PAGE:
Last class we had workshop outside. How could we not? It was sunny and warm, and the green just outside Welles looked so inviting. I was practically skipping outside, and desperate to find a good seat.
The moment I was brought back into reality was when my white shoes squished into the damp ground. I hopped around, trying to find a good spot to land. I settled for a good enough spot, hopped over, and found my seat.
I really liked workshopping outside. It was a welcome change of pace. Instead of confining our poetry to the (often-overheated) walls of Welles 216, we were able to talk about poetry in nature (as close as we can get on the Geneseo campus). Golden hour is my favorite time of day, and to be outside with my fellow poets in such gorgeous weather, and soak up as much of the sun as we could before it disappears for the next six months, was a pleasure.
However, as indicated by the white shoe altercation with mud, I was not dressed for the weather. I wore a knit sweater and ripped jeans that day, poor choices when sitting stationary for an extended period of time. As time went on, I slowly froze. The freeze was the equivalent of opening your fridge extremely slowly for a snack at 3 am without trying to wake your sleeping parents up. Towards the end of that half of workshop, I was extremely eager to go back inside.
The moment that I really wanted to write about took place in the middle of workshopping Daniel’s poem. I looked over my shoulder and saw a stinkbug crawling up my right arm. That freaked me out. I pondered my options, not noticing that Lytton had started to ask a question.
With all of the patience I could muster, I swiped the stinkbug off of my arm. It fell into the grass below and scurried away. I took a moment to catch my breath, and realized that the rest of the class looked deep in thought. They might have been freezing and trying to keep as warm as possible, but they at least looked deep in thought. It dawned upon me that I had no clue what just happened in the previous conversation. I asked Lytton if he could repeat the question since I was distracted, and he repeated the question.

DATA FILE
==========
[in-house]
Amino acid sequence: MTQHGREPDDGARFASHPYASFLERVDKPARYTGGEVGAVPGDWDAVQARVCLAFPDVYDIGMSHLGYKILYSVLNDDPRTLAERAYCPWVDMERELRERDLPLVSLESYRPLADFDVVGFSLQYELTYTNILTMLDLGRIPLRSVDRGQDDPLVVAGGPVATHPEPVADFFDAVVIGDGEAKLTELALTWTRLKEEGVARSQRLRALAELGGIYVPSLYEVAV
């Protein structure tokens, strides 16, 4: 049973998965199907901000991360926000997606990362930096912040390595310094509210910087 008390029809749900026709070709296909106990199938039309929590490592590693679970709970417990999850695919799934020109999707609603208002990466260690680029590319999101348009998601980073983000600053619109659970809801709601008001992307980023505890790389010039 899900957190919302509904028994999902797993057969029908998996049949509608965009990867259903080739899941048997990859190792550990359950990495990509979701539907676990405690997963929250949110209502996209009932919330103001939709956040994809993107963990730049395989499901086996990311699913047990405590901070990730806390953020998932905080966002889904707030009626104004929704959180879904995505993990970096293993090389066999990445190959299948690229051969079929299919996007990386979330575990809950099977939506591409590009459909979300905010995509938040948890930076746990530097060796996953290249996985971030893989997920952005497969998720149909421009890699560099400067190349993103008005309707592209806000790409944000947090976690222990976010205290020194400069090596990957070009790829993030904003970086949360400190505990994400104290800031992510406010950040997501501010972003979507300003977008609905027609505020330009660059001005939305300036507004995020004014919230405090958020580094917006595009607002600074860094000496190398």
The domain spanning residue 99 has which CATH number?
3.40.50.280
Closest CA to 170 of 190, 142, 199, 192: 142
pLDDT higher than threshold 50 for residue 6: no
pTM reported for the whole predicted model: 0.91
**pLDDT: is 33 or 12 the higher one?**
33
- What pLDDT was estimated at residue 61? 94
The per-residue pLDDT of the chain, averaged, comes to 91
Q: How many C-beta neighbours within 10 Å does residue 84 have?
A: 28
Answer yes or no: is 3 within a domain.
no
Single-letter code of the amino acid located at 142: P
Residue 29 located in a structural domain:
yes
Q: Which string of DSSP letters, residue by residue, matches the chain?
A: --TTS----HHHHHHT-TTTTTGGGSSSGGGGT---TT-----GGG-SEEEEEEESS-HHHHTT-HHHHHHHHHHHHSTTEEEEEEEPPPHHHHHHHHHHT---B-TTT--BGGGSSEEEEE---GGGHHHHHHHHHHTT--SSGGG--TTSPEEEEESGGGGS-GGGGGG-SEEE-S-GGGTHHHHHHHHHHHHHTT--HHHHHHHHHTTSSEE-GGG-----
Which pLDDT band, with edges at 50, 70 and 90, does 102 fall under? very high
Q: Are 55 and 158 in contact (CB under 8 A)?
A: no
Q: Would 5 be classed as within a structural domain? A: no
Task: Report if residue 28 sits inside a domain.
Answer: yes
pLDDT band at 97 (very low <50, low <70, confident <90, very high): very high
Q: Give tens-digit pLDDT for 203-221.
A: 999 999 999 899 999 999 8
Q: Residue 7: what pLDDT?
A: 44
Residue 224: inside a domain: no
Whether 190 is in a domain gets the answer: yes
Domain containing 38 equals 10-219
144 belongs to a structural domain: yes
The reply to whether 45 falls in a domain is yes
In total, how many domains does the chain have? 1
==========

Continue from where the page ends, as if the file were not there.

The reason why I am telling this story is because I am curious about how the environment influences how we read, write, and critique poetry. When I am traveling, it seems either I write the most original pieces of my life or absolute drivel. No in-between. If I’m stuck on an idea, a helpful thing for me to do is go walking outside, ideally talking to somebody else, but the change in environment helps me engage a part of my brain that might have been hidden before. Maybe the warm class environment (temperature-wise here, not ambiance-wise) helps my thoughts come together faster than they would in even the crisp fall air.
How does the environment influence the way you read, write or critique poetry? What is the most conducive environment for you to do those things? What is the least conducive environment for you to do those things?